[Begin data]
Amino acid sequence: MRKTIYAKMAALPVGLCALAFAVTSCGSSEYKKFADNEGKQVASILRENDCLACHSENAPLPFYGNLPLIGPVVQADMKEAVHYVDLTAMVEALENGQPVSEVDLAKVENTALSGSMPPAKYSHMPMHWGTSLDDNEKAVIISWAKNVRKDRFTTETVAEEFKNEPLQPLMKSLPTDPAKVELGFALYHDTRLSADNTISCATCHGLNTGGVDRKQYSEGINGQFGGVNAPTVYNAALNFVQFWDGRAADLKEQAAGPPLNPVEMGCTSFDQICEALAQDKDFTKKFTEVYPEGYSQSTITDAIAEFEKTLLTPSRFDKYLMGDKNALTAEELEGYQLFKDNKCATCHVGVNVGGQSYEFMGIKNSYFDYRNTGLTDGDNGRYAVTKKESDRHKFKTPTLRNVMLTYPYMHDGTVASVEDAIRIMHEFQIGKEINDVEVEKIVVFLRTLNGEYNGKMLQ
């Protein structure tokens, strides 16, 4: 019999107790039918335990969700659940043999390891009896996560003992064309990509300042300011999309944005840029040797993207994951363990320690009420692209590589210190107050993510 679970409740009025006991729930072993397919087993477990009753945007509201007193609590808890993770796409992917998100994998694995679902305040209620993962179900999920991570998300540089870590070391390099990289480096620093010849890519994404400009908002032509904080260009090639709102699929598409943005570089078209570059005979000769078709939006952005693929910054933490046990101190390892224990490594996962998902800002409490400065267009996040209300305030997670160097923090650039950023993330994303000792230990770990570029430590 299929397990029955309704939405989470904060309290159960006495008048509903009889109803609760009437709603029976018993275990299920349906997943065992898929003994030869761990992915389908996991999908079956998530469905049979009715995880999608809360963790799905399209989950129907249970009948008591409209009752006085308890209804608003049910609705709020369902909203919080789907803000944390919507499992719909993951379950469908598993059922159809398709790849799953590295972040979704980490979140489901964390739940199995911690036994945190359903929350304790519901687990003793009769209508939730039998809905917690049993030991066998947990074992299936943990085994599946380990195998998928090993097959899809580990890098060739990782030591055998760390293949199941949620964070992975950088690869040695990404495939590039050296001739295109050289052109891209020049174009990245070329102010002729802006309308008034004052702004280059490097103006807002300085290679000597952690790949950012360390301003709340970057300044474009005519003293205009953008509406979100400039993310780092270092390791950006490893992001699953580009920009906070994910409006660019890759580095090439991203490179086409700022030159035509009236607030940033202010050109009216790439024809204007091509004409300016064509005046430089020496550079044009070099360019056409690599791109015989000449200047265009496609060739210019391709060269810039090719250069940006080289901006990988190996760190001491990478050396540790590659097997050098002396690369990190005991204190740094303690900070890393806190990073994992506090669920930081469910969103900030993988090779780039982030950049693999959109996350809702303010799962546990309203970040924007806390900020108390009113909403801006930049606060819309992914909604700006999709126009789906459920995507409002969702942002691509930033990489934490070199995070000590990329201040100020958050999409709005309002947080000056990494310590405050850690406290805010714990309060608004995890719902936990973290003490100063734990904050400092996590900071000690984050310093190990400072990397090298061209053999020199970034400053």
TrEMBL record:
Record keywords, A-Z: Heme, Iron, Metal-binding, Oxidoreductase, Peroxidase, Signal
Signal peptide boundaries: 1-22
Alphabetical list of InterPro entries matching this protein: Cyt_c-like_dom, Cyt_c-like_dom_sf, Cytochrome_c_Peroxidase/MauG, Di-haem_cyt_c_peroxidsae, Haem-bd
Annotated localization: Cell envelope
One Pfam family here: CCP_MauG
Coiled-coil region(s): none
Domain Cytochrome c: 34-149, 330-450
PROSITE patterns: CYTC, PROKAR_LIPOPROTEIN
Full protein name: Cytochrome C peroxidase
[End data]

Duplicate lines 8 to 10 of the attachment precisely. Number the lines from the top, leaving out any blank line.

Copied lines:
One Pfam family here: CCP_MauG
Coiled-coil region(s): none
Domain Cytochrome c: 34-149, 330-450